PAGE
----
Two dogs with big hearts, that now leave broken hearts

 
 
Published10/27/2007 11:24 PM

Any touching story about a dog is one that I am bound to read. I love dogs. I have had a dog beside me for most of my life.

But I didn't want to read our story about Astor, the DuPage County Sheriff's Department bomb-sniffing dog who suddenly became ill. Cancer had ravaged his body. Astor was mercifully euthanized.

 

It wasn't that the story, by Christy Gutowski, was a poor read. It was wonderful work.

It was just too hard for me to get through.

Because on the same day that story ran, Oct. 17, I was hoping beyond hope that the same thing wasn't going to happen to my dog, Savannah. Like Astor, she quickly got very sick.

I clung to faint optimism that the huge lumps in her throat and in her belly that seemed to come out of nowhere weren't what I feared. But a biopsy confirmed cancer. It was very aggressive. Within days of that diagnosis, my golden retriever stopped being the spunky, attentive, sometimes irritating but always playful dog I'd grown to love.

But even as the tumors made every move a chore and began to disfigure her sweet face, Savannah still would pull herself up to greet me, her tail wagging in time with her signature panting.

There is nothing quite like a dog in the rhythmic throes of joy at being with a human being. Tails fanning the air at all the fun, paws prancing and ears perked full forward in anticipation of the greeting that comes with a pat on the head or a gentle slap on the side. Imagine coming home after being away from your family for many years at a time. Think of the lovingly robust welcome home. It is that way for a dog, every day you walk through the door.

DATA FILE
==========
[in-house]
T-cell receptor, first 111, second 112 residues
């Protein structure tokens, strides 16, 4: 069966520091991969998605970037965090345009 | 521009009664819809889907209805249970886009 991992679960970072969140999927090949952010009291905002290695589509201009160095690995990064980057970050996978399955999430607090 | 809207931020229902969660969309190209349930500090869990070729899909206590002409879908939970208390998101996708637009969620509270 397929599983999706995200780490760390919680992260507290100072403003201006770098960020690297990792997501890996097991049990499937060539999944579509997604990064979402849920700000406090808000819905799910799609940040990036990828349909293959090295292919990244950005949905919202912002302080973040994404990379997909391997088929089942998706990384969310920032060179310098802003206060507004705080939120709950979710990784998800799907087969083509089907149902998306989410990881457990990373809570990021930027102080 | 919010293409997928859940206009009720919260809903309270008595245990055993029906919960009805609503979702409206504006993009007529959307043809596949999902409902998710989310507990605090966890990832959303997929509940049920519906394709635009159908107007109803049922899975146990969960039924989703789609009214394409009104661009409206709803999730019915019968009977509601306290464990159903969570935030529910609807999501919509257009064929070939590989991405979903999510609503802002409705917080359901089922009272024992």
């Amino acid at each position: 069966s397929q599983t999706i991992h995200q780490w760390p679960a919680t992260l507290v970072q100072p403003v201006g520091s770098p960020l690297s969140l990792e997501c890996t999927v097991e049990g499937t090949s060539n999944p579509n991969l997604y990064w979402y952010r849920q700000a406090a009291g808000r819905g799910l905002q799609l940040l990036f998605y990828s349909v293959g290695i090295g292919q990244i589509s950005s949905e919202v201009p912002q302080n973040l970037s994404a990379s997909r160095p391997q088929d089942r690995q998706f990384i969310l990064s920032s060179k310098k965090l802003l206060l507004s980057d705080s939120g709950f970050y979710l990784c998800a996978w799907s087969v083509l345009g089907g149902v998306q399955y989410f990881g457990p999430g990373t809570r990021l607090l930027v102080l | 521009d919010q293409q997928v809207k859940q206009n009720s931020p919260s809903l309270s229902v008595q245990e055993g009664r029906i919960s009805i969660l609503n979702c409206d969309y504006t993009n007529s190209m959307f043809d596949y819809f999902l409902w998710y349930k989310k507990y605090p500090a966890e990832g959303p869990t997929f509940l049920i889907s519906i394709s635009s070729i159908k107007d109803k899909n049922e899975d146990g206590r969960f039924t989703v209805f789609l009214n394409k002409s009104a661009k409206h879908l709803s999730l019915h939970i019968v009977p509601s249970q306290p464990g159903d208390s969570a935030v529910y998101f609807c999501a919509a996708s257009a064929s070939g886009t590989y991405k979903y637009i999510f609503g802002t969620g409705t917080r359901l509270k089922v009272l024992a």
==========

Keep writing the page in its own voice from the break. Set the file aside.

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But Savannah was suffering. So Monday, it stopped. We put her to sleep.

This is never easy. Don't ever tell me these are just animals. But what made this particularly hard is that she was just past her pup stage. And we put her down just two years after we had to do the same with our other golden retriever, Scarlett, who at least lived to 10.

It's so sad, and strange. I swear I can still hear Savannah padding down the hallway, hitting the place where the floor creaks, heading to the bedroom window where she would stand sentry against noises in the night. And then nestling up against the side of the bed, putting herself between me and danger, even if it wasn't there though she wasn't going to take any chances. I think I miss that the most.

I had a grudging admiration for her occasional stubborn streak, as much as it irritated me when she wouldn't immediately obey commands. If Noah had had to wait on Savannah to come before he launched the Ark, the world would be under water. But I guess this whole loyalty and obedience thing can get to be a bore, and a dog sometimes just has to have its fun.

I went back and finished reading the story about Astor. A great dog. Heckuva cop. Smart German shepherd, he was. Sniffed out guns and explosives on 42 occasions. He was a fixture in the DuPage County courthouse, too.

                                                                                                                                                                                                                       
 

But at the end of his day, Astor was just another dog ready for a good time, and dedicated to his master.

"All he wanted to do was to go to work and for us to be together," said his handler, Deputy George Foy. "He was so social, but also very protective of me."

Much like Savannah.

A hard thing to let go of.

"My heart is broken," Foy said.

As is mine.

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